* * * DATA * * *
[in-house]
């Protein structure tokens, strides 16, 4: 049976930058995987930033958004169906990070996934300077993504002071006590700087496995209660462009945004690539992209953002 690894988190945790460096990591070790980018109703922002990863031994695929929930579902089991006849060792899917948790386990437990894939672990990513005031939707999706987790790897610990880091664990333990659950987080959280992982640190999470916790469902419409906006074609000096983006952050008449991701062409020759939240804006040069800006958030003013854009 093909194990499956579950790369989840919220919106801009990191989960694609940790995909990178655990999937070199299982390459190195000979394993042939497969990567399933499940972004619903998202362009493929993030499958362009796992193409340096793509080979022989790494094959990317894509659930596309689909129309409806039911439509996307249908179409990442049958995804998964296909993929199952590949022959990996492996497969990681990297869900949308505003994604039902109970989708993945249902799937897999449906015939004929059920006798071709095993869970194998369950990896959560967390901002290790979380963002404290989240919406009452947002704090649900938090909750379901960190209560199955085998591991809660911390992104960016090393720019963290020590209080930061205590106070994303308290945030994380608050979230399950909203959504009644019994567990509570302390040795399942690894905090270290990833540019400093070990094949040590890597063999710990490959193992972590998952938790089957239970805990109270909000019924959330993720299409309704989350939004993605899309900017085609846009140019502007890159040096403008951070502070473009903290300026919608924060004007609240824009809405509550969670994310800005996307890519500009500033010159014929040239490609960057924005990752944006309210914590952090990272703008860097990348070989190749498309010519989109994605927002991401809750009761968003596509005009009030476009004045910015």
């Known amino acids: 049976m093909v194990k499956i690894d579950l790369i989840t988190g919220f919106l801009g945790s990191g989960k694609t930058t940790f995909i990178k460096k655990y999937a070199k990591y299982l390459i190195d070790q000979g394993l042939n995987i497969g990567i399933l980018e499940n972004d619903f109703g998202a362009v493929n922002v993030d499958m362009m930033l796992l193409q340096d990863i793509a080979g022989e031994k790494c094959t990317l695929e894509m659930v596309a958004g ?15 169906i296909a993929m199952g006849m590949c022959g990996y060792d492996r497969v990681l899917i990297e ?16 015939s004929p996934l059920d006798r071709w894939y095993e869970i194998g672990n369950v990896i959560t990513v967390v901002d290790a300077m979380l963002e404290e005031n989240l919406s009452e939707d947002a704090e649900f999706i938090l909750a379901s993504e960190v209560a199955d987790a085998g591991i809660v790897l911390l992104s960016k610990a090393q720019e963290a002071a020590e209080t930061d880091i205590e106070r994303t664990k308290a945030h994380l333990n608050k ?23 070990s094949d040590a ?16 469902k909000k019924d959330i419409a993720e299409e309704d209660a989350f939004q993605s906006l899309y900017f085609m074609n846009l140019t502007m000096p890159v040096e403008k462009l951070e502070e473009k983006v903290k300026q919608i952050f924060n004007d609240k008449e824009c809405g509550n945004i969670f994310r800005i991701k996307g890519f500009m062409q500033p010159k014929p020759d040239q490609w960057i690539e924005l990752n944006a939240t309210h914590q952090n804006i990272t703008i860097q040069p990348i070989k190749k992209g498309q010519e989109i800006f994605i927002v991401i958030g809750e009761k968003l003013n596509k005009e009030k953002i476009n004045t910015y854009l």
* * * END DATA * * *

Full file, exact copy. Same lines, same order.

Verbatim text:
[in-house]
């Protein structure tokens, strides 16, 4: 049976930058995987930033958004169906990070996934300077993504002071006590700087496995209660462009945004690539992209953002 690894988190945790460096990591070790980018109703922002990863031994695929929930579902089991006849060792899917948790386990437990894939672990990513005031939707999706987790790897610990880091664990333990659950987080959280992982640190999470916790469902419409906006074609000096983006952050008449991701062409020759939240804006040069800006958030003013854009 093909194990499956579950790369989840919220919106801009990191989960694609940790995909990178655990999937070199299982390459190195000979394993042939497969990567399933499940972004619903998202362009493929993030499958362009796992193409340096793509080979022989790494094959990317894509659930596309689909129309409806039911439509996307249908179409990442049958995804998964296909993929199952590949022959990996492996497969990681990297869900949308505003994604039902109970989708993945249902799937897999449906015939004929059920006798071709095993869970194998369950990896959560967390901002290790979380963002404290989240919406009452947002704090649900938090909750379901960190209560199955085998591991809660911390992104960016090393720019963290020590209080930061205590106070994303308290945030994380608050979230399950909203959504009644019994567990509570302390040795399942690894905090270290990833540019400093070990094949040590890597063999710990490959193992972590998952938790089957239970805990109270909000019924959330993720299409309704989350939004993605899309900017085609846009140019502007890159040096403008951070502070473009903290300026919608924060004007609240824009809405509550969670994310800005996307890519500009500033010159014929040239490609960057924005990752944006309210914590952090990272703008860097990348070989190749498309010519989109994605927002991401809750009761968003596509005009009030476009004045910015």
């Known amino acids: 049976m093909v194990k499956i690894d579950l790369i989840t988190g919220f919106l801009g945790s990191g989960k694609t930058t940790f995909i990178k460096k655990y999937a070199k990591y299982l390459i190195d070790q000979g394993l042939n995987i497969g990567i399933l980018e499940n972004d619903f109703g998202a362009v493929n922002v993030d499958m362009m930033l796992l193409q340096d990863i793509a080979g022989e031994k790494c094959t990317l695929e894509m659930v596309a958004g ?15 169906i296909a993929m199952g006849m590949c022959g990996y060792d492996r497969v990681l899917i990297e ?16 015939s004929p996934l059920d006798r071709w894939y095993e869970i194998g672990n369950v990896i959560t990513v967390v901002d290790a300077m979380l963002e404290e005031n989240l919406s009452e939707d947002a704090e649900f999706i938090l909750a379901s993504e960190v209560a199955d987790a085998g591991i809660v790897l911390l992104s960016k610990a090393q720019e963290a002071a020590e209080t930061d880091i205590e106070r994303t664990k308290a945030h994380l333990n608050k ?23 070990s094949d040590a ?16 469902k909000k019924d959330i419409a993720e299409e309704d209660a989350f939004q993605s906006l899309y900017f085609m074609n846009l140019t502007m000096p890159v040096e403008k462009l951070e502070e473009k983006v903290k300026q919608i952050f924060n004007d609240k008449e824009c809405g509550n945004i969670f994310r800005i991701k996307g890519f500009m062409q500033p010159k014929p020759d040239q490609w960057i690539e924005l990752n944006a939240t309210h914590q952090n804006i990272t703008i860097q040069p990348i070989k190749k992209g498309q010519e989109i800006f994605i927002v991401i958030g809750e009761k968003l003013n596509k005009e009030k953002i476009n004045t910015y854009l």